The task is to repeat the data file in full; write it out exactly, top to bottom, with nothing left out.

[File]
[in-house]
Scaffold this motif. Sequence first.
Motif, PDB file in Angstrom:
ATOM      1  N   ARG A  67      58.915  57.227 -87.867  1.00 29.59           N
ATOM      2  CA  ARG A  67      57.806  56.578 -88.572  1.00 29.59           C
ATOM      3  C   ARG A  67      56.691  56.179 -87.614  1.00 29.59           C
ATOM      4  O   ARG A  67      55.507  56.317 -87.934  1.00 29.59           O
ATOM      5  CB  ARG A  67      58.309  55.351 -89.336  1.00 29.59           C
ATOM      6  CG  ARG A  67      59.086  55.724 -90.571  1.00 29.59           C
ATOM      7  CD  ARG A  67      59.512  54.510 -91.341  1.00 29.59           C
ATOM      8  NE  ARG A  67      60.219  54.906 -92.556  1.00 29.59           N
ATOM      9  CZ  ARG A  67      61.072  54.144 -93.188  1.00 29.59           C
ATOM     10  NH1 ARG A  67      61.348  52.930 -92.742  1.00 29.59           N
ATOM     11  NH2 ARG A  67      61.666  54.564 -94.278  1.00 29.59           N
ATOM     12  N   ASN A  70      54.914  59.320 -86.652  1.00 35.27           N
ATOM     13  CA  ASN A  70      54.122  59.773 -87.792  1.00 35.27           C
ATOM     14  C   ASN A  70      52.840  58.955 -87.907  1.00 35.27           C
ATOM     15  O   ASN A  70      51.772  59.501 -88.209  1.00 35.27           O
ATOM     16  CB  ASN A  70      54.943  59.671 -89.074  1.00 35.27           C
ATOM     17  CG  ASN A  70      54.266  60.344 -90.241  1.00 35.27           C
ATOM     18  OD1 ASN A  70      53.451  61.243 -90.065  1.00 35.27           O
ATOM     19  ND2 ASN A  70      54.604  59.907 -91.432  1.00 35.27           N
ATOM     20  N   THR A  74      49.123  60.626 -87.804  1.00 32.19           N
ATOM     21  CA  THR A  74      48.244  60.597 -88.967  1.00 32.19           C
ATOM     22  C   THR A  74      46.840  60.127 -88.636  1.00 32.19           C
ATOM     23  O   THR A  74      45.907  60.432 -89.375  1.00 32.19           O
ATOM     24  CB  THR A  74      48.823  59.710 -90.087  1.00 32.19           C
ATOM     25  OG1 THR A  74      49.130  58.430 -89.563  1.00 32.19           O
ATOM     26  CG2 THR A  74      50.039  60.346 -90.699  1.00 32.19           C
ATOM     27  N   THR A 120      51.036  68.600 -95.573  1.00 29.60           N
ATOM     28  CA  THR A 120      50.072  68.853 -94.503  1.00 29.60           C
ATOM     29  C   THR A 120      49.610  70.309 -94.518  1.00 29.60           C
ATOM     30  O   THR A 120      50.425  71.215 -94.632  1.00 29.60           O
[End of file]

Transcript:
[in-house]
Scaffold this motif. Sequence first.
Motif, PDB file in Angstrom:
ATOM      1  N   ARG A  67      58.915  57.227 -87.867  1.00 29.59           N
ATOM      2  CA  ARG A  67      57.806  56.578 -88.572  1.00 29.59           C
ATOM      3  C   ARG A  67      56.691  56.179 -87.614  1.00 29.59           C
ATOM      4  O   ARG A  67      55.507  56.317 -87.934  1.00 29.59           O
ATOM      5  CB  ARG A  67      58.309  55.351 -89.336  1.00 29.59           C
ATOM      6  CG  ARG A  67      59.086  55.724 -90.571  1.00 29.59           C
ATOM      7  CD  ARG A  67      59.512  54.510 -91.341  1.00 29.59           C
ATOM      8  NE  ARG A  67      60.219  54.906 -92.556  1.00 29.59           N
ATOM      9  CZ  ARG A  67      61.072  54.144 -93.188  1.00 29.59           C
ATOM     10  NH1 ARG A  67      61.348  52.930 -92.742  1.00 29.59           N
ATOM     11  NH2 ARG A  67      61.666  54.564 -94.278  1.00 29.59           N
ATOM     12  N   ASN A  70      54.914  59.320 -86.652  1.00 35.27           N
ATOM     13  CA  ASN A  70      54.122  59.773 -87.792  1.00 35.27           C
ATOM     14  C   ASN A  70      52.840  58.955 -87.907  1.00 35.27           C
ATOM     15  O   ASN A  70      51.772  59.501 -88.209  1.00 35.27           O
ATOM     16  CB  ASN A  70      54.943  59.671 -89.074  1.00 35.27           C
ATOM     17  CG  ASN A  70      54.266  60.344 -90.241  1.00 35.27           C
ATOM     18  OD1 ASN A  70      53.451  61.243 -90.065  1.00 35.27           O
ATOM     19  ND2 ASN A  70      54.604  59.907 -91.432  1.00 35.27           N
ATOM     20  N   THR A  74      49.123  60.626 -87.804  1.00 32.19           N
ATOM     21  CA  THR A  74      48.244  60.597 -88.967  1.00 32.19           C
ATOM     22  C   THR A  74      46.840  60.127 -88.636  1.00 32.19           C
ATOM     23  O   THR A  74      45.907  60.432 -89.375  1.00 32.19           O
ATOM     24  CB  THR A  74      48.823  59.710 -90.087  1.00 32.19           C
ATOM     25  OG1 THR A  74      49.130  58.430 -89.563  1.00 32.19           O
ATOM     26  CG2 THR A  74      50.039  60.346 -90.699  1.00 32.19           C
ATOM     27  N   THR A 120      51.036  68.600 -95.573  1.00 29.60           N
ATOM     28  CA  THR A 120      50.072  68.853 -94.503  1.00 29.60           C
ATOM     29  C   THR A 120      49.610  70.309 -94.518  1.00 29.60           C
ATOM     30  O   THR A 120      50.425  71.215 -94.632  1.00 29.60           O